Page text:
Just like orphans with attachment disorder, we need bonding. We are God’s own children, Daddy’s little girls. He wants a relationship with us that brings us peace, comfort and rest. A child learns to bond by trusting in a loving caretaker to meet their needs, over and over again; then slowly releasing their grip of control (which is really no control at all, only fear) until a mutual love is shared. Once a child can learn to rest in that love, they will heal and grow naturally.

The same goes for our relationship with the Father. There is no magic prayer to experience a deep relationship (attachment/connection) with Him, it is a result of leaning hard into Him…and letting Him love us over and over again. No more running to empty vices or emotional fixes, no more performance (DO-ing for approval) and good deeds to give us false satisfaction. Emotional survival isn’t living. Unconditional love poured out by God and received by us. Resting in His amazing love is the only way to build a deep and authentic relationship with the Father who loves us more than we could ever imagine.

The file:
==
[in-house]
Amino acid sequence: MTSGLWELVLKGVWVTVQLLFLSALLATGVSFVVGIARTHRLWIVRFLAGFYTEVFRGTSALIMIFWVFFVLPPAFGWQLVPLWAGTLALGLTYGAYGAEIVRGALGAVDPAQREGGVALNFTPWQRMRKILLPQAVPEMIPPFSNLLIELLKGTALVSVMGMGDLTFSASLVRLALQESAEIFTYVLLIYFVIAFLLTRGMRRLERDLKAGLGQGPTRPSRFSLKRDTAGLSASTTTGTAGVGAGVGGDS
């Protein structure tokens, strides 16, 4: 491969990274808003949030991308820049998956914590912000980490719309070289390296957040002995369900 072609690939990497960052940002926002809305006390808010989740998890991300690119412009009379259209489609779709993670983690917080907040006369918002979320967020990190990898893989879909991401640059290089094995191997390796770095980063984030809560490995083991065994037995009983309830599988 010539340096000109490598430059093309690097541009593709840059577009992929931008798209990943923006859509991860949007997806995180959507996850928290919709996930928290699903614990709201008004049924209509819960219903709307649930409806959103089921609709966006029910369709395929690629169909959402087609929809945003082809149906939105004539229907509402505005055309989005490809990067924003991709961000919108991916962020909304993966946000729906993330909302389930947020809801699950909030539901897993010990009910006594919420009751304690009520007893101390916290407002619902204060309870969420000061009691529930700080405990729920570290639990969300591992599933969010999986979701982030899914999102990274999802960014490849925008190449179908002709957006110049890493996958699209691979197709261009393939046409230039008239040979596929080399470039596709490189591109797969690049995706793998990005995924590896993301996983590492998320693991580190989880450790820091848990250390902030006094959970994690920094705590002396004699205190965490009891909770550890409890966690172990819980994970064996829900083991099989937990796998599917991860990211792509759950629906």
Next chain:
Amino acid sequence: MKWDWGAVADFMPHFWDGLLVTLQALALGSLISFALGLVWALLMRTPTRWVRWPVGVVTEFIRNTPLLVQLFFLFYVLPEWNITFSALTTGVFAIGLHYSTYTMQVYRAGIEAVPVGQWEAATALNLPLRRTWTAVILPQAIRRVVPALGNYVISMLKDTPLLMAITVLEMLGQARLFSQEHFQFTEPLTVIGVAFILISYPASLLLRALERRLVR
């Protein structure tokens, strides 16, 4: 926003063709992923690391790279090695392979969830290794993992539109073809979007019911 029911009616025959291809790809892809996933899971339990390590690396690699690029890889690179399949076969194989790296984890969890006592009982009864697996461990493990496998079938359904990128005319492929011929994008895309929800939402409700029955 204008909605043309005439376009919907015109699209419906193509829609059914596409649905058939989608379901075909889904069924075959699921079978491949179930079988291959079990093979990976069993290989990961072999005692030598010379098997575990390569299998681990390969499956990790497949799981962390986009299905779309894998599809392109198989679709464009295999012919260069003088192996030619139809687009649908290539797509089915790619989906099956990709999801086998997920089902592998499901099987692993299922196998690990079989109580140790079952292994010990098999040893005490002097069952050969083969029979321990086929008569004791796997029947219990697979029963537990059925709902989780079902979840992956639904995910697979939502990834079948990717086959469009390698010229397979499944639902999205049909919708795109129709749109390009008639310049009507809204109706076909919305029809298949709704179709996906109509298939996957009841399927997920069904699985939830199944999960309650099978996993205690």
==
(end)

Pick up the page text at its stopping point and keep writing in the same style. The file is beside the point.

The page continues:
Would you say that your current relationship with the Father is one based on rules, guidelines and survival or is it built on trust and resting in Him?

Is God Your Hero Or Your Father?

Drowning

Imagine a little girl, 8 yrs. old, swimming at the beach and suddenly she goes underwater. She’s drowning. A lifeguard runs to save her. He pulls her little body out of the water, rushes her back to shore and gives her CPR. She chokes and sputters and starts to breathe. He’s relieved and the crowd around him cheers. He’s done his job, he’s a hero. He hands her over to her family and after a little applause, high fives and fist pumps from the crowd he goes about his business.

Now imagine that same little girl swimming, she goes under water and her father realizes that she’s missing. He dives into the water frantically searching for her, screaming her name. He looks under the water and sees her, he pulls her limp-lifeless body up into his arms and races to shore. He instinctively breathes into her tiny lungs and she spews out water and takes a breath. Overcome with emotion, he pulls her to his pounding chest. He embraces her, kisses her and wipes the hair from her face.

I think that he could not hold her close enough in that moment. He would envelope her in his love and never ever want to let her out of his sight again.